“We notified the [World Health Organisation] of the epidemic, shared the genome sequencing of the virus, carried out international cooperation and helped other countries affected, all at the earliest time possible,” the statement said. “These are plain, internationally recognised facts, which cannot be denied or erased by anyone.”

The United States saw a 27 percent increase in new cases of COVID-19 in the week ended July 5 compared with the previous seven days.

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Australia battles to contain Melbourne coronavirus outbreak

SYDNEY (Reuters) – Australia should slow down the return of its citizens from abroad, Prime Minister Scott Morrison said on Wednesday, as the country grapples with a fresh coronavirus outbreak that has forced it to isolate its second most populous state.

The border between Victoria and New South Wales, the busiest in the country, was closed overnight and around 4.9 million residents in the Victorian capital of Melbourne will return to partial lockdown at midnight following a spike in COVID-19 cases in the city.

“The rest of the country knows that the sacrifice that you’re going through right now is not just for you and your own family, but it’s for the broader Australian community,” Morrison said during a televised media conference.

Morrison said he would take a proposal to a national cabinet of state and territory leaders on Friday, seeking to slow down the return of Australian citizens and permanent residents by reducing the number of repatriation flights. The two groups have been the only arrivals allowed since Australia closed its international border in March.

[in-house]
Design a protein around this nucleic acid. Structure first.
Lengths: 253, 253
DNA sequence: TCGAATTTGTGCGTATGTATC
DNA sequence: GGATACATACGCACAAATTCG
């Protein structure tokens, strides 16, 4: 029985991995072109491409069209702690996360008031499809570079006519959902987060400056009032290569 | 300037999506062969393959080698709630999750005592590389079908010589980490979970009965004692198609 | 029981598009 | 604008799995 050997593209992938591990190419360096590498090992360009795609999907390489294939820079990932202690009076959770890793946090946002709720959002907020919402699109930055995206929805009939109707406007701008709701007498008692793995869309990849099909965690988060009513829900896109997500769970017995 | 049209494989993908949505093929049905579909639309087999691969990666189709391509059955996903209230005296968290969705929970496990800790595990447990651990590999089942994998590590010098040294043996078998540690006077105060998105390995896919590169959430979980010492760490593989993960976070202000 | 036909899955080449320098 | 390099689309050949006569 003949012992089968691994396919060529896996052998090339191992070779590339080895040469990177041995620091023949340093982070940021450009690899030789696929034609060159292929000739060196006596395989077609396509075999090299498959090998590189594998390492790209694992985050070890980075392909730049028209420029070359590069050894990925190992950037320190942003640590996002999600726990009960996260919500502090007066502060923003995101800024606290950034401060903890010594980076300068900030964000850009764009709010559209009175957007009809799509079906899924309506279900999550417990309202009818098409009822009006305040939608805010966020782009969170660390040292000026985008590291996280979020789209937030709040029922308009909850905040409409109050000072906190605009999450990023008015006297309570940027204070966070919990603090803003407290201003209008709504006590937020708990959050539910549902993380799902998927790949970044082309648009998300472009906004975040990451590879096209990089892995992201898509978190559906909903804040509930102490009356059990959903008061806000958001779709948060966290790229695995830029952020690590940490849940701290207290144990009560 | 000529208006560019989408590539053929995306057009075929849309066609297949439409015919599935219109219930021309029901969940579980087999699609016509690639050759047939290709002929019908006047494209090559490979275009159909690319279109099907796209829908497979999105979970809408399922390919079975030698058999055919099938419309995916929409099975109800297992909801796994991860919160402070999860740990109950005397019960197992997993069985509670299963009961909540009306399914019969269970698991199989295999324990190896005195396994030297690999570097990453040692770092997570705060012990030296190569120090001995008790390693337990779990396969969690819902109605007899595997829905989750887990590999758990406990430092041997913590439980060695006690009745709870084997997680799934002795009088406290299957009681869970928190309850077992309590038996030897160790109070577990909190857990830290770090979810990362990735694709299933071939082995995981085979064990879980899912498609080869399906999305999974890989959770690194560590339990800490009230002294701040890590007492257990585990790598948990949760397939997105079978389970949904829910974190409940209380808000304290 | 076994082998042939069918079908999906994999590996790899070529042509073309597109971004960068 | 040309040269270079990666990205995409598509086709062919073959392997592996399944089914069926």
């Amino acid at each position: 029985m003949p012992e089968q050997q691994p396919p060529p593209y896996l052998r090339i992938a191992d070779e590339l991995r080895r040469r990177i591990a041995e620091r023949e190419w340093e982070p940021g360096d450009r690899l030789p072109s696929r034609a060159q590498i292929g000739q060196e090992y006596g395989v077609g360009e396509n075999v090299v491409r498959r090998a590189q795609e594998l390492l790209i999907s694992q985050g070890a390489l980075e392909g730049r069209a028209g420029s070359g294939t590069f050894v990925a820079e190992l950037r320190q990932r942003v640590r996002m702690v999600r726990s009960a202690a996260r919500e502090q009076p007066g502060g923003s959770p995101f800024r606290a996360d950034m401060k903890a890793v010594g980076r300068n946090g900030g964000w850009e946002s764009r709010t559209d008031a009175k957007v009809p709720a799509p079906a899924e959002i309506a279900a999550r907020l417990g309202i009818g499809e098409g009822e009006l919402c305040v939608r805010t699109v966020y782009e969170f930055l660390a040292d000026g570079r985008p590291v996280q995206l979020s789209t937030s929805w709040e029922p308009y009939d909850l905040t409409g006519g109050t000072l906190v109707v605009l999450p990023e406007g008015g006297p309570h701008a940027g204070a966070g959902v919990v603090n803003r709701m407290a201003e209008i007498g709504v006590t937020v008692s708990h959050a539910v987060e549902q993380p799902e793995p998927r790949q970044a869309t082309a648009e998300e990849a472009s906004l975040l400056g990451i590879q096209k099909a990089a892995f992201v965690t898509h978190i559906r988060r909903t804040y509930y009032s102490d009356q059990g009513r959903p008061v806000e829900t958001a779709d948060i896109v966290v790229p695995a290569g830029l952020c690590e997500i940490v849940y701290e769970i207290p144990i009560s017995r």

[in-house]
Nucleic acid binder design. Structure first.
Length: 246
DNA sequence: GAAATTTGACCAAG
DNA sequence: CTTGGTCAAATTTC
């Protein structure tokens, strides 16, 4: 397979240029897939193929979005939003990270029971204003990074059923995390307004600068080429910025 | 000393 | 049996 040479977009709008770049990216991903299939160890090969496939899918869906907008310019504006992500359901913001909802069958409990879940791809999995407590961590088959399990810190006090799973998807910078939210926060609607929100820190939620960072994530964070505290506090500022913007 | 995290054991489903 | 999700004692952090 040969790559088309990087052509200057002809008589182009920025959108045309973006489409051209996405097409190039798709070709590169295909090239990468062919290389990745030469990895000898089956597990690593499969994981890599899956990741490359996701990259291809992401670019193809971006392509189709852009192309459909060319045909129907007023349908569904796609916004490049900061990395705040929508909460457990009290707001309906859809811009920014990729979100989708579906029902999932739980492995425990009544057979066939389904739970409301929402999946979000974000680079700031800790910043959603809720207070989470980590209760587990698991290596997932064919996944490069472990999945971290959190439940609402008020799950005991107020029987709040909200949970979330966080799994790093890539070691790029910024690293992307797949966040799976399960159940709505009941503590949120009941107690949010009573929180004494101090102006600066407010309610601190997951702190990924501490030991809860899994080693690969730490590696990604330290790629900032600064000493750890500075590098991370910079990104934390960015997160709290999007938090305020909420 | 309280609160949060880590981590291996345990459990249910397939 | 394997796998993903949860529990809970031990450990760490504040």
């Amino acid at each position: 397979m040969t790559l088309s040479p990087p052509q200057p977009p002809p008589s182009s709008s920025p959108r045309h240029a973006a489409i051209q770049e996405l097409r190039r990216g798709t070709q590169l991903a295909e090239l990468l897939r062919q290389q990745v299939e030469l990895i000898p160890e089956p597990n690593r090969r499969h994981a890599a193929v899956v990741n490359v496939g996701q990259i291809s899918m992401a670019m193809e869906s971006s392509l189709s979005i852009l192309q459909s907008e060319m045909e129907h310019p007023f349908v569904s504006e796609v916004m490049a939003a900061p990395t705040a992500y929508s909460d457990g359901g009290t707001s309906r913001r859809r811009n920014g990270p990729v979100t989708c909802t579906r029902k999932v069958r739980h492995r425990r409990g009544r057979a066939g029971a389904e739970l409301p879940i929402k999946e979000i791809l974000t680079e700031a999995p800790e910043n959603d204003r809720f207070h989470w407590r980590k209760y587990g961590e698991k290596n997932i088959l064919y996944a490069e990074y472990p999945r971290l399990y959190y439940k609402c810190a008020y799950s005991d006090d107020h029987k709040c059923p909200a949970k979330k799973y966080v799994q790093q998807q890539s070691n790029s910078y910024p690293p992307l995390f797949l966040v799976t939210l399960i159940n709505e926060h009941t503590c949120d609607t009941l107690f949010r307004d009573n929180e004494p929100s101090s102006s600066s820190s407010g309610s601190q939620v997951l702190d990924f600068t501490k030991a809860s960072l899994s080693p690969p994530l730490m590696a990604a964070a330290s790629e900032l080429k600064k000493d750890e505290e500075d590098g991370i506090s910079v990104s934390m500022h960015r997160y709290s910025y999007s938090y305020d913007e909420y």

Neighbouring New Zealand announced on Tuesday that its national airline will not take new inbound bookings for three weeks to reduce the burden on overflowing quarantine facilities.

In Australia, red flags have been raised by potential quarantine breaches that the Victorian state government believes led to returnees spreading the virus. Officials have begun an inquiry.

Victoria reported 134 new infections on Wednesday, down from the previous day’s record 191 but well over the low single digit daily increases of the country’s other seven states and territories.

Fears of a broader second wave were underscored on Thursday by an official report of three new COVID-19 cases in the national capital, Canberra. Two of the infected people had returned from Melbourne last week, and the third was their housemate.

In Sydney, authorities were scrambling to track down 48 passengers who were allowed to disembark a flight from Melbourne overnight without being checked for COVID-19 symptoms.

The resurgence of the virus deals a blow to Australia’s hopes of cushioning its landing as it sinks into its first recession in three decades. Federal Treasurer Josh Frydenberg said the border closure and Melbourne lockdown would cost the economy up to A$1 billion ($700 million) per week.

Morrison said the government would offer additional income support beyond a wage subsidy currently due to end in September, while Frydenberg said income tax cuts may be accelerated.

BORDER CONTROL

At the Victoria and NSW border, police checkpoints caused delays of more than an hour for drivers. The state line is heavily trafficked by daily commuters who live and work on either side.

“I got a permit but with all the checks, my commute across was heavily delayed,” Amanda Cohn, who crosses the border from her home in NSW each day to reach the Victorian hospital where she works, told Reuters. “Plenty of others need to get across and they don’t have a permit.”

Authorities had hastily set up a system to issue travel permits for a select group, but a website created to dispense passes crashed soon after its launch.

Victoria’s only other internal border, with South Australia, has been closed since mid-March.